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The Massachusetts Dental Society Encourages Regular Dental Visits for Early Detection of Oral Cancers

April Marks Oral Cancer Awareness Month


SOUTHBOROUGH, Mass.—March 29, 2019—April marks Oral Cancer Awareness Month, which is dedicated to raising awareness of oral and oropharyngeal cancers—commonly referred to as mouth, tongue, tonsil, or throat cancer—and the need for early detection in order to save lives.

“When it comes to oral cancer, early detection is key,” said Massachusetts Dental Society President Dr. Howard Zolot. “Regular dental checkups that include an examination of the entire head and neck can be vital in detecting cancer early. It’s important to talk to your dentist if you’ve had any changes in your medical history or if you’ve been having any new or unusual symptoms.”

According to the Oral Cancer Foundation, approximately 53,000 people in the United States will be diagnosed with oral cancer in 2019, and it will cause more than 9,750 deaths. On average, 57 percent of those diagnosed with the disease will survive more than five years. When found in early stages, oral cancers can have an 80 to 90 percent survival rate. However, the majority are found as late stage cancers.

As part of an oral cancer screening, your dentist will check your oral cavity—including your lips, cheek lining, gums, the front part of your tongue, the floor of your mouth, and the roof of your mouth. He or she also will examine your throat at the soft part at the roof of your mouth, including your tonsils, the back section of your tongue, and where your tongue attaches to the bottom of your mouth. The dentist will then feel your jaw and neck for any lumps or abnormalities.

In addition to prioritizing regular dental visits, the Massachusetts Dental Society encourages all adults to be aware of the risk factors and the symptoms of oral cancer.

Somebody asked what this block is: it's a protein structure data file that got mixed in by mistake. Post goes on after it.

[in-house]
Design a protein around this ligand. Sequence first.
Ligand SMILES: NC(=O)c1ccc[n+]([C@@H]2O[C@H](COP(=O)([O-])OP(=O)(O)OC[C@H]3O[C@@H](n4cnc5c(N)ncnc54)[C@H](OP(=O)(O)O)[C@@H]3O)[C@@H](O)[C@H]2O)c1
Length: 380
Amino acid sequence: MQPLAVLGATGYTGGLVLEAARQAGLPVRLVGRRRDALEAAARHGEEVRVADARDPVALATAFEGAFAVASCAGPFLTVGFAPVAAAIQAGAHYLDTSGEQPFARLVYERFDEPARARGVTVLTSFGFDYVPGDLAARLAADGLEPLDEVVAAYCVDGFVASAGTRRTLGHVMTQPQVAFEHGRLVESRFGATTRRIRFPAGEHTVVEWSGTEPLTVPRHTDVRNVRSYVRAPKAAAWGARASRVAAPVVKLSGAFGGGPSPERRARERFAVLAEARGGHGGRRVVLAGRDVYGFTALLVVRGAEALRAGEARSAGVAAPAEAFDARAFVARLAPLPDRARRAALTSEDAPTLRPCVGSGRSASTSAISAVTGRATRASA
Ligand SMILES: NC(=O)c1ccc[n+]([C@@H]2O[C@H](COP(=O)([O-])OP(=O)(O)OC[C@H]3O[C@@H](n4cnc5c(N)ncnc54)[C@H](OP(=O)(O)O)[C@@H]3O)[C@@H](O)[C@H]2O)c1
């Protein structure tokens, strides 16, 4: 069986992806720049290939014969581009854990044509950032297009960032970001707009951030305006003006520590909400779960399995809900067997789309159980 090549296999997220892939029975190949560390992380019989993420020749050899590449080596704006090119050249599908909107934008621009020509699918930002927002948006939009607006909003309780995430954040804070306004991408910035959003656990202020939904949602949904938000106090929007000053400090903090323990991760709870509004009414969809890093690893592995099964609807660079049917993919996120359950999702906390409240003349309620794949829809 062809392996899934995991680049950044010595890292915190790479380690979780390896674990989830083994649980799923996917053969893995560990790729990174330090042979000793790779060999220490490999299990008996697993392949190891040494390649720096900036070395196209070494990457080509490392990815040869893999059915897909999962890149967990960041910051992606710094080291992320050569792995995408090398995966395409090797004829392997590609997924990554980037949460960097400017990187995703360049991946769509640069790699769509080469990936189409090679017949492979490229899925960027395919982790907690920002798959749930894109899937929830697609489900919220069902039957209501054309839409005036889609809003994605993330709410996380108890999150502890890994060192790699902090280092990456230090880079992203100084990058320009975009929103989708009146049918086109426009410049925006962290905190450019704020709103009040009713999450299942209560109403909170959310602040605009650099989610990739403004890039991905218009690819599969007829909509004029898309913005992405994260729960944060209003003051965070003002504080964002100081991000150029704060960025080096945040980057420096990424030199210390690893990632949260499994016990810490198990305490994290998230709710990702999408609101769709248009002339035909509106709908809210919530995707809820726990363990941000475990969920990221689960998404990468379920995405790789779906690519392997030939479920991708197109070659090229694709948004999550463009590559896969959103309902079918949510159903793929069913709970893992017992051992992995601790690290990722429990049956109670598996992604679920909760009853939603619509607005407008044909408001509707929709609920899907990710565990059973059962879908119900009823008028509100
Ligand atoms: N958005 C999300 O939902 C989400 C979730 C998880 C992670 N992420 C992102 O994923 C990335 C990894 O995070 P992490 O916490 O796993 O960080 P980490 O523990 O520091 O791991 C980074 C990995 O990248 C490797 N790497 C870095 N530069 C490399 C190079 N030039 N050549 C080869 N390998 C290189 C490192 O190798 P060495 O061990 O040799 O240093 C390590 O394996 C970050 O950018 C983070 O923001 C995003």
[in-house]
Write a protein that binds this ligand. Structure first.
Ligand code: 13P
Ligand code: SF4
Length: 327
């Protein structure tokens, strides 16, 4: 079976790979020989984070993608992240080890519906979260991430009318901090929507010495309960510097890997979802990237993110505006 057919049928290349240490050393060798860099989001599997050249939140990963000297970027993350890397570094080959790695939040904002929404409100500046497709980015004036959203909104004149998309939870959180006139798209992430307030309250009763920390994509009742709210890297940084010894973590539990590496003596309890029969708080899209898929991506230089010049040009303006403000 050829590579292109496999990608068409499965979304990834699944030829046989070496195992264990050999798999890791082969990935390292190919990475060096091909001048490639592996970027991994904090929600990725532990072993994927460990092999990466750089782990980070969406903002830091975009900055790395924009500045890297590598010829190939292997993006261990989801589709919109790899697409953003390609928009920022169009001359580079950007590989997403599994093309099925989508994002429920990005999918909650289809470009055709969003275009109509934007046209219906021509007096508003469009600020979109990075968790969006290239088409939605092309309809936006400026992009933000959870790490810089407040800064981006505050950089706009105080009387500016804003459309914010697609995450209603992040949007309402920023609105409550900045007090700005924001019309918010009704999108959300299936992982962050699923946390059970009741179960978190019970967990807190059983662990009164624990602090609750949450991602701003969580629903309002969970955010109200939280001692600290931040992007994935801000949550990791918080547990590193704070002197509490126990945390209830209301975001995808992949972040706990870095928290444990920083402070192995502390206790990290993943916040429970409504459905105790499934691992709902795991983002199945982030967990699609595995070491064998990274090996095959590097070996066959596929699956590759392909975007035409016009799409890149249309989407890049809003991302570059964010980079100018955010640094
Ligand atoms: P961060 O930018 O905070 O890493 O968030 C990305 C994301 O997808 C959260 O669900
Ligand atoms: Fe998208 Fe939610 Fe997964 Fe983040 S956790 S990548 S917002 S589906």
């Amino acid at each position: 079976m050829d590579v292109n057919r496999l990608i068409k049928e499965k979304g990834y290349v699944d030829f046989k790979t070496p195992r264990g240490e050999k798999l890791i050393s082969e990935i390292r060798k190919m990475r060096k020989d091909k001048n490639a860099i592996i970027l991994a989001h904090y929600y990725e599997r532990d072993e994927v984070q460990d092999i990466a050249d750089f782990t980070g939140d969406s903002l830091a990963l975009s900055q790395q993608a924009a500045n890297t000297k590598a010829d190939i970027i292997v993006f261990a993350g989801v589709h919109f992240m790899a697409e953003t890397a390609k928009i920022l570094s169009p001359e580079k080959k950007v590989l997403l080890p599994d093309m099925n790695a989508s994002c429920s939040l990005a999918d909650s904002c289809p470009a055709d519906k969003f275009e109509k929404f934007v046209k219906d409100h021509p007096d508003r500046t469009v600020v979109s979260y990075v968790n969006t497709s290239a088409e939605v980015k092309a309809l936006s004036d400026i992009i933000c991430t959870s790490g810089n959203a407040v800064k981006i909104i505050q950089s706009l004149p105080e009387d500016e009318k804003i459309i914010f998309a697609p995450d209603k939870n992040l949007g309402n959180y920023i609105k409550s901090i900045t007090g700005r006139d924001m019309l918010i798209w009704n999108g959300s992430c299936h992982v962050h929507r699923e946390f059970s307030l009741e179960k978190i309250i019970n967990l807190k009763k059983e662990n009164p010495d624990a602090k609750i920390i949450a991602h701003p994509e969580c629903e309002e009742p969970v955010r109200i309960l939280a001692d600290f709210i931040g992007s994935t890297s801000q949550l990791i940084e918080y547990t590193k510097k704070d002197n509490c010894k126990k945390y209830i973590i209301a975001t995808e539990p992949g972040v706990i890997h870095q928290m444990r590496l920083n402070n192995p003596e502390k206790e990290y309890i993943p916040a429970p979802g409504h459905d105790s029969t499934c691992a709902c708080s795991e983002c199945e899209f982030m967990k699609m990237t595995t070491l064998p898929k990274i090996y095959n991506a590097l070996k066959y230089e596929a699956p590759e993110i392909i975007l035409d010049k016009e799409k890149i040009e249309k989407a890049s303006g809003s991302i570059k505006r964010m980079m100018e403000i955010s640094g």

Top risk factors include smoking and chewing tobacco, heavy alcohol consumption, and the human papilloma virus (HPV), which is sexually transmitted and associated with throat cancers. Men are two times more likely to get oral cancers than women.

Symptoms of oral cancer include:
  • A sore or irritation that doesn't go away
  • Red or white patches
  • Pain, tenderness, or numbness in the mouth or lips
  • A lump, thickening, rough spot, crust, or small eroded area
  • Difficulty chewing, swallowing, speaking, or moving your tongue or jaw
  • A change in the way your teeth fit together when you close your mouth
  • A sore throat, feeling like something is caught in your throat, hoarseness, or a change in voice
“If you have any of these symptoms, let your dentist know, especially if you’ve had them for two weeks or more,” said Dr. Zolot.

About the Massachusetts Dental Society


The Massachusetts Dental Society (MDS), a professional association representing 5,000+ member dentists and a statewide constituent of the American Dental Association, is dedicated to the professional development of its member dentists through initiatives in education, advocacy, the promotion of the highest professional standards, and championing oral health in the Commonwealth. For more information, visit massdental.org, and follow the MDS on Twitter @MassDental.